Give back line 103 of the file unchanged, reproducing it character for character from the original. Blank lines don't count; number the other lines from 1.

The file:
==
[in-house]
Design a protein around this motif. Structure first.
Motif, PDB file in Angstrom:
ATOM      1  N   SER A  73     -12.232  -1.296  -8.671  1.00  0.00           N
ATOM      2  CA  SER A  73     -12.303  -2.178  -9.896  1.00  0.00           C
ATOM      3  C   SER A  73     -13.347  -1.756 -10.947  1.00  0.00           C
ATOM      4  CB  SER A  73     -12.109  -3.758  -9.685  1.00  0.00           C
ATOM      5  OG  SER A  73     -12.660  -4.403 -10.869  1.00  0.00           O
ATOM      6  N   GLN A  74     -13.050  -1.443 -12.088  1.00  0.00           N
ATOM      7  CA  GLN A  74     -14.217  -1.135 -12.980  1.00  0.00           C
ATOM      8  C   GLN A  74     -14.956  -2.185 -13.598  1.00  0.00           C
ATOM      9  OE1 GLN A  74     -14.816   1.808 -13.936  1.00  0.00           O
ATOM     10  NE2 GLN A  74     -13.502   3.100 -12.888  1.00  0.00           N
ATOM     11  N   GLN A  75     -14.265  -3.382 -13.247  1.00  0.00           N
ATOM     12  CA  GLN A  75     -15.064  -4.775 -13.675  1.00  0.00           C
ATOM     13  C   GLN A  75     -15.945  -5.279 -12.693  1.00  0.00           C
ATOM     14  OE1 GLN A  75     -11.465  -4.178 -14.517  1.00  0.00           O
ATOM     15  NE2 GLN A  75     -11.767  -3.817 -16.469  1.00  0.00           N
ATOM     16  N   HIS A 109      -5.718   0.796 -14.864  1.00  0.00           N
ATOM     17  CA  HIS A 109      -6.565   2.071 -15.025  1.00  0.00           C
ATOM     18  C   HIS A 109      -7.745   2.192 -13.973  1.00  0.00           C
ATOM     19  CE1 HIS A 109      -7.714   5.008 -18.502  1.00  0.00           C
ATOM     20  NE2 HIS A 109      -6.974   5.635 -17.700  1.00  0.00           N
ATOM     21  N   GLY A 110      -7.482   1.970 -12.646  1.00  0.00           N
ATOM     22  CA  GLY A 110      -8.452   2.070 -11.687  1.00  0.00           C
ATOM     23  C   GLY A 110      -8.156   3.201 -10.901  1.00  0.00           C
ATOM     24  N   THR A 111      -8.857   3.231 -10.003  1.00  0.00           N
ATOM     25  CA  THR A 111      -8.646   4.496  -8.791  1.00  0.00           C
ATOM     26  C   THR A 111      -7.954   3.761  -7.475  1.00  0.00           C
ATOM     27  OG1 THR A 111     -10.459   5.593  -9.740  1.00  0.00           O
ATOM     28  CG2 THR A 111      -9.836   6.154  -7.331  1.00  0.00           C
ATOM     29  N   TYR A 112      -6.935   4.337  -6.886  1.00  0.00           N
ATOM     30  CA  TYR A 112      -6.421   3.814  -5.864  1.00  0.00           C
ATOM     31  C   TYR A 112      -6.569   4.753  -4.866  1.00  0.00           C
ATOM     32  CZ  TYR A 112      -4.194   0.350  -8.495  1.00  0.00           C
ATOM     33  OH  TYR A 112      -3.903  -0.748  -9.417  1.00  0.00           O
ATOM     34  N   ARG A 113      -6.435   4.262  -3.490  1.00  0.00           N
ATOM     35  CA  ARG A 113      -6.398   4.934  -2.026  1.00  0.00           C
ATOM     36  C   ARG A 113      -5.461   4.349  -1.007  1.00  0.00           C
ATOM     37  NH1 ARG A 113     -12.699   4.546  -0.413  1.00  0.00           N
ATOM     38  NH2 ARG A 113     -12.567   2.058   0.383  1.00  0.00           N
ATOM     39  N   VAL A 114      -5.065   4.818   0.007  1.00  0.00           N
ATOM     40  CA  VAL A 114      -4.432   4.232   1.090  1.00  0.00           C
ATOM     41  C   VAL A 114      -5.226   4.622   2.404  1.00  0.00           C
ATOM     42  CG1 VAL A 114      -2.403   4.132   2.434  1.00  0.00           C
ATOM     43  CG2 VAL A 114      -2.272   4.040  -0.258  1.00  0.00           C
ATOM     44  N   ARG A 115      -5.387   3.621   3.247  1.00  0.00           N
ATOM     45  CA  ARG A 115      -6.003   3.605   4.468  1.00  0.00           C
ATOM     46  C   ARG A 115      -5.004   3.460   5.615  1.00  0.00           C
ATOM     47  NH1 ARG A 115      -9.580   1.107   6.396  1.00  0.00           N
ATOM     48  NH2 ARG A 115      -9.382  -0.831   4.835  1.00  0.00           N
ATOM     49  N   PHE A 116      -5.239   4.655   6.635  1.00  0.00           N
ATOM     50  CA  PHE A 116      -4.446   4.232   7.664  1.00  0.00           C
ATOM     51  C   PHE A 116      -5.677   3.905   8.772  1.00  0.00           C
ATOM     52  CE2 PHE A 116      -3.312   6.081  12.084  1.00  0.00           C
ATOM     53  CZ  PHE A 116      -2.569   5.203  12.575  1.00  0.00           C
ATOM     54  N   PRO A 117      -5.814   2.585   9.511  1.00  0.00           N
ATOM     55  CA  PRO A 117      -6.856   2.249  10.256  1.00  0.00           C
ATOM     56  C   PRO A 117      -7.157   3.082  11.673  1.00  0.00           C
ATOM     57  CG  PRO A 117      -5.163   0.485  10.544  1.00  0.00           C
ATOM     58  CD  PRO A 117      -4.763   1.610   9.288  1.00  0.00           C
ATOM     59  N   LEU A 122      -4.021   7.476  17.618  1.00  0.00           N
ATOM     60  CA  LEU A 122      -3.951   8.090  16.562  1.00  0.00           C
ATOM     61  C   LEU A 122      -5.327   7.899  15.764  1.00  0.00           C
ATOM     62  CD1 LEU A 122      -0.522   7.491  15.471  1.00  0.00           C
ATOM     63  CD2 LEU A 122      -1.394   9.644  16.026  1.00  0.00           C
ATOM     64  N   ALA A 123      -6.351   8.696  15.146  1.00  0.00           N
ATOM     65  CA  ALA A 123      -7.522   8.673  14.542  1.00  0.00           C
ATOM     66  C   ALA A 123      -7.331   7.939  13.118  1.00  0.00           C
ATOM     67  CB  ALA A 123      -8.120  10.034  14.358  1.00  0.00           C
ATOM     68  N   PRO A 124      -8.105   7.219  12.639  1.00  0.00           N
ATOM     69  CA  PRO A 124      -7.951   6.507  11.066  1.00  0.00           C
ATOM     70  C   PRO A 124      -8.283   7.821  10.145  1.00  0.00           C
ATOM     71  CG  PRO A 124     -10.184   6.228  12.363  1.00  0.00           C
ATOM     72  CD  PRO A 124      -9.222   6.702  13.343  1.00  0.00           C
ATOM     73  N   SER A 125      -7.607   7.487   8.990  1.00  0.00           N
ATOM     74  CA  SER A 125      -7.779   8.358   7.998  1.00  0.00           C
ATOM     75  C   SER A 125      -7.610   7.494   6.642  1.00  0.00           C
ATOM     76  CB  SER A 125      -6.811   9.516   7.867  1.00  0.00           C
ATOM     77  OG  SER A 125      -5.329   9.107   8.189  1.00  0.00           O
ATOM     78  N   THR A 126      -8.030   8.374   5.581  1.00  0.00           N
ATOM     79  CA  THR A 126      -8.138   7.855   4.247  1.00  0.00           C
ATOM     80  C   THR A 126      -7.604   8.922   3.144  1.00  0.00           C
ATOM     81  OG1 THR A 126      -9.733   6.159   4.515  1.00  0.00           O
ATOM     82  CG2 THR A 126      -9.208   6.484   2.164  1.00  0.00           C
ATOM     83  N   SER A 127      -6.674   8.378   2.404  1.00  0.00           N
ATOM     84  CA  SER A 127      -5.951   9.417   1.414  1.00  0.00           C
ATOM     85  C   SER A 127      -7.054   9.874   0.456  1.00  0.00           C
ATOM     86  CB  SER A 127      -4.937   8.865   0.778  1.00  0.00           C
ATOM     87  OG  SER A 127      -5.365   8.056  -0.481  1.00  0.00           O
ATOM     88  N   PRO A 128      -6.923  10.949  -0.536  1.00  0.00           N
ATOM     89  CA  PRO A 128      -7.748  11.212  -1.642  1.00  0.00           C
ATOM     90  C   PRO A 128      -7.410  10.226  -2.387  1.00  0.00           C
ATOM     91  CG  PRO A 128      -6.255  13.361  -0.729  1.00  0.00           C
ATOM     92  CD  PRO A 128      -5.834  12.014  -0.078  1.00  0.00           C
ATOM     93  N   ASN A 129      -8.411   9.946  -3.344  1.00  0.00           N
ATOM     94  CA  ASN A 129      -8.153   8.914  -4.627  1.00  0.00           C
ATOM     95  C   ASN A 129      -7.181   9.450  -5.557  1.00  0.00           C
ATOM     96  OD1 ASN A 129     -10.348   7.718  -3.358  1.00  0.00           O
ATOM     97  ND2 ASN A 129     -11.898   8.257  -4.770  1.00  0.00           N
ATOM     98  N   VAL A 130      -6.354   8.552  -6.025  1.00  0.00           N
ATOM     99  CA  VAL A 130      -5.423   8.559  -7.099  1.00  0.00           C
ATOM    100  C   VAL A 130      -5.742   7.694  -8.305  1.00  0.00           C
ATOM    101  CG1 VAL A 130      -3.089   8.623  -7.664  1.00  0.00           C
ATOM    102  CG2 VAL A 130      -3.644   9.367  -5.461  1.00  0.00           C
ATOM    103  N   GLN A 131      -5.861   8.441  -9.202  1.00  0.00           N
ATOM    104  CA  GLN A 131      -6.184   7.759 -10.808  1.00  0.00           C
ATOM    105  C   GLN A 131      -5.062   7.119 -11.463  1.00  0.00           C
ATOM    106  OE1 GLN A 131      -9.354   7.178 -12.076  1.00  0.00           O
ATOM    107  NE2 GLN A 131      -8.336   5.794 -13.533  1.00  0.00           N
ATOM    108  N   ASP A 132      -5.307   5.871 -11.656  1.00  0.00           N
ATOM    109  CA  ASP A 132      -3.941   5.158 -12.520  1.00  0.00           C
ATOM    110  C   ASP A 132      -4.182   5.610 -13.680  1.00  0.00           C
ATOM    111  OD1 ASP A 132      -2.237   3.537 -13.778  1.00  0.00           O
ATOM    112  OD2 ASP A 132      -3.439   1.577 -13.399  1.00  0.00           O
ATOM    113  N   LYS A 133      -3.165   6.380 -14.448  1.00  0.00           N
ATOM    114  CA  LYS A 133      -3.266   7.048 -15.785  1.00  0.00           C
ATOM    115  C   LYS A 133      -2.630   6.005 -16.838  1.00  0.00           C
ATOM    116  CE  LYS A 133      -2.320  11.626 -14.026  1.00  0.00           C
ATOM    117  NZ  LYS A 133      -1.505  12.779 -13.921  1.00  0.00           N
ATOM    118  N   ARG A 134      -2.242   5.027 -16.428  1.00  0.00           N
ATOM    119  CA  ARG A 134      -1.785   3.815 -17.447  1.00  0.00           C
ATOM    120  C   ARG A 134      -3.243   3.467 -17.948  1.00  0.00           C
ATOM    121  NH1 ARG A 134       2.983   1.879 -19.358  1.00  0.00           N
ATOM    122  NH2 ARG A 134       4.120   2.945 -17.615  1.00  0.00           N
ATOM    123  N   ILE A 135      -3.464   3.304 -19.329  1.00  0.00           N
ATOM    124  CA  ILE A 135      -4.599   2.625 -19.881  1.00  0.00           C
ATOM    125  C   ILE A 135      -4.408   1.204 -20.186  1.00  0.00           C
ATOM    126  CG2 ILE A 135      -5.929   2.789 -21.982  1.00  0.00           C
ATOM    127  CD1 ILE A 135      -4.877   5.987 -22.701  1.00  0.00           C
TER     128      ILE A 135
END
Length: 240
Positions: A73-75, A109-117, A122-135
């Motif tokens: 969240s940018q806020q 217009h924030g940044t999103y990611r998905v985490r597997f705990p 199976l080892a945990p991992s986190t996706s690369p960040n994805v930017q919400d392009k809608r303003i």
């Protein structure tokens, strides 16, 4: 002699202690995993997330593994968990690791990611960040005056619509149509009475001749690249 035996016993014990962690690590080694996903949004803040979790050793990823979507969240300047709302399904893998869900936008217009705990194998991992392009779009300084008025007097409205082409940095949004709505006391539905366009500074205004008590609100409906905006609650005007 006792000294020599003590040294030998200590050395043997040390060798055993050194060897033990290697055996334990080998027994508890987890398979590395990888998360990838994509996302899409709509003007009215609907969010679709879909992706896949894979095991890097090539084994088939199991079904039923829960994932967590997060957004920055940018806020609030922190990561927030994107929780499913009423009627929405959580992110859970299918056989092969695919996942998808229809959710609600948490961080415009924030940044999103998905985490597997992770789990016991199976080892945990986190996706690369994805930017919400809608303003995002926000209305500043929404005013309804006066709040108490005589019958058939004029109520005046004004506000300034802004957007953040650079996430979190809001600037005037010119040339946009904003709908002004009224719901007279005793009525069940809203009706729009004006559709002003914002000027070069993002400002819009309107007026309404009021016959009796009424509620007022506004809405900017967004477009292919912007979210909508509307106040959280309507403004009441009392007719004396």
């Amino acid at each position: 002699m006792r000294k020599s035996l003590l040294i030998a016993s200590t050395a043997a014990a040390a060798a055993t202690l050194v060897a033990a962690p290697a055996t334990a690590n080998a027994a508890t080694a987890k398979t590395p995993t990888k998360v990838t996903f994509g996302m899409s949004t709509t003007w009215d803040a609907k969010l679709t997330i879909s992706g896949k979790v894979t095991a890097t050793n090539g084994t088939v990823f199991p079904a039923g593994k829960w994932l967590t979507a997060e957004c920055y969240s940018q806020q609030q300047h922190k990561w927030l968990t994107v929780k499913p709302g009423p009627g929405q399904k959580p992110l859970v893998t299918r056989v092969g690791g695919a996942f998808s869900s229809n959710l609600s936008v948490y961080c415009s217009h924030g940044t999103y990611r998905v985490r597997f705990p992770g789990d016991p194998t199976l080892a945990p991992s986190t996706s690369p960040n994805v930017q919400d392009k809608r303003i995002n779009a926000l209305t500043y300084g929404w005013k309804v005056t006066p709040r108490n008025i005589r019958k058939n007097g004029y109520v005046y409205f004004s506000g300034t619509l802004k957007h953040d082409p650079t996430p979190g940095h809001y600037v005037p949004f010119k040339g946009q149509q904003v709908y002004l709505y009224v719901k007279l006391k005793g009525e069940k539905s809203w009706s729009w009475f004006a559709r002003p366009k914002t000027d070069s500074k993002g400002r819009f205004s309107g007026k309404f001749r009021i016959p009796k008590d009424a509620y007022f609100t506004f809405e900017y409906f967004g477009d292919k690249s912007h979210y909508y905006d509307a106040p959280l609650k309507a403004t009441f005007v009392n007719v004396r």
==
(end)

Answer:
ATOM    100  C   VAL A 130      -5.742   7.694  -8.305  1.00  0.00           C